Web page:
Fisher Investments Editorial Staff
Into Perspective, Media Hype/Myths, Personal Finance

Don’t Lose Sight of the Investment Forest for the Trees

By, 05/23/2017
Ratings684.242647

Editors’ Note: MarketMinder does not recommend individual securities. The below merely represent a broader theme we wish to highlight.

Do stocks outperform Treasury bills? The widely accepted answer is yes—and by a significant margin over the long term. However, one paper recently challenged this conventional wisdom, arguing most stocks aren’t great investments because only a sliver—less than 4%—have generated all the return. This prompted responses from financial pundits, with some asking if stock investing is a futile exercise akin to finding a needle in a haystack. However, in our view, this conclusion misses some important context and wrongly focuses on the importance of individual stocks—not the most critical ingredient to successful long-term investing.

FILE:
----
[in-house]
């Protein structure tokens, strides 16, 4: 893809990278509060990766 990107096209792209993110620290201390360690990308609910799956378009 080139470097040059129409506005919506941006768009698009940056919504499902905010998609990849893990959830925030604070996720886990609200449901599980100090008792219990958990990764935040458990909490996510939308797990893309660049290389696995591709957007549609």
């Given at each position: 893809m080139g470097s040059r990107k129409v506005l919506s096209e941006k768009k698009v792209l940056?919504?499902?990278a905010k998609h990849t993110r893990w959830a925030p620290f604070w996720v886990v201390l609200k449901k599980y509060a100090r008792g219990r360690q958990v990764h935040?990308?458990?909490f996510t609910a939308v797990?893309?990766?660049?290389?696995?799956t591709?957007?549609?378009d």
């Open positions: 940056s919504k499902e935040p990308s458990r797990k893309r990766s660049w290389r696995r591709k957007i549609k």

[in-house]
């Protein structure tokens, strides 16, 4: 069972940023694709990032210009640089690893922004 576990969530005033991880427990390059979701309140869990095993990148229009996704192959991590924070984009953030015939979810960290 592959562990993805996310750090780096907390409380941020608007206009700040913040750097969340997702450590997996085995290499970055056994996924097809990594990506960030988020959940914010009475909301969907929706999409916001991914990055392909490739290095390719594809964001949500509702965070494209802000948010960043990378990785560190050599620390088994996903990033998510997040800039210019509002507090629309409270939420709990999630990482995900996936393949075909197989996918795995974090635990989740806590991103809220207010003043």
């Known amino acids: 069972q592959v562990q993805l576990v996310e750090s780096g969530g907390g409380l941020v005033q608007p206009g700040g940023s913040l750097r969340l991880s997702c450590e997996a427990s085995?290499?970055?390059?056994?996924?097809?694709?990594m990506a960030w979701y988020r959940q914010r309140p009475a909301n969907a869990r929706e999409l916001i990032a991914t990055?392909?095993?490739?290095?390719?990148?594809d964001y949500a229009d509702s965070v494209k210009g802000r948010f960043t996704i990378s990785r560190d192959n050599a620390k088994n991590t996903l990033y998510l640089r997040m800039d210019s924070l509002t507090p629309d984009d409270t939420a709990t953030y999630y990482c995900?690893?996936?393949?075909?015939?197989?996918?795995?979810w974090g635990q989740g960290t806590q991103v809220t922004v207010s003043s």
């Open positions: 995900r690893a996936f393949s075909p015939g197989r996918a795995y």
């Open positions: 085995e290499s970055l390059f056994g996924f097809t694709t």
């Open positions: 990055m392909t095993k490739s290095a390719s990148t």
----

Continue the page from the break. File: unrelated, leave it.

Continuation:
The paper in question found, “The positive performance of the overall market is attributable to large returns generated by relatively few stocks.” Specifically, the author tracked 25,782 stocks since 1926 and found the top 1,000 performers—less than 4% of the total—accounted for all of the stock market’s wealth creation. Even more striking: 86 companies generated more than half of those returns. With positive performance overly skewed by a handful of high-flyers, the paper argued most common stocks—about 4 out of 7—don’t outperform Treasurys over their lifetime, and that less than half (49.2%) have a positive lifetime return over a holding period of ten years. Thus, the paper concludes actively picking good stocks is a futile task since the odds are overwhelmingly against it.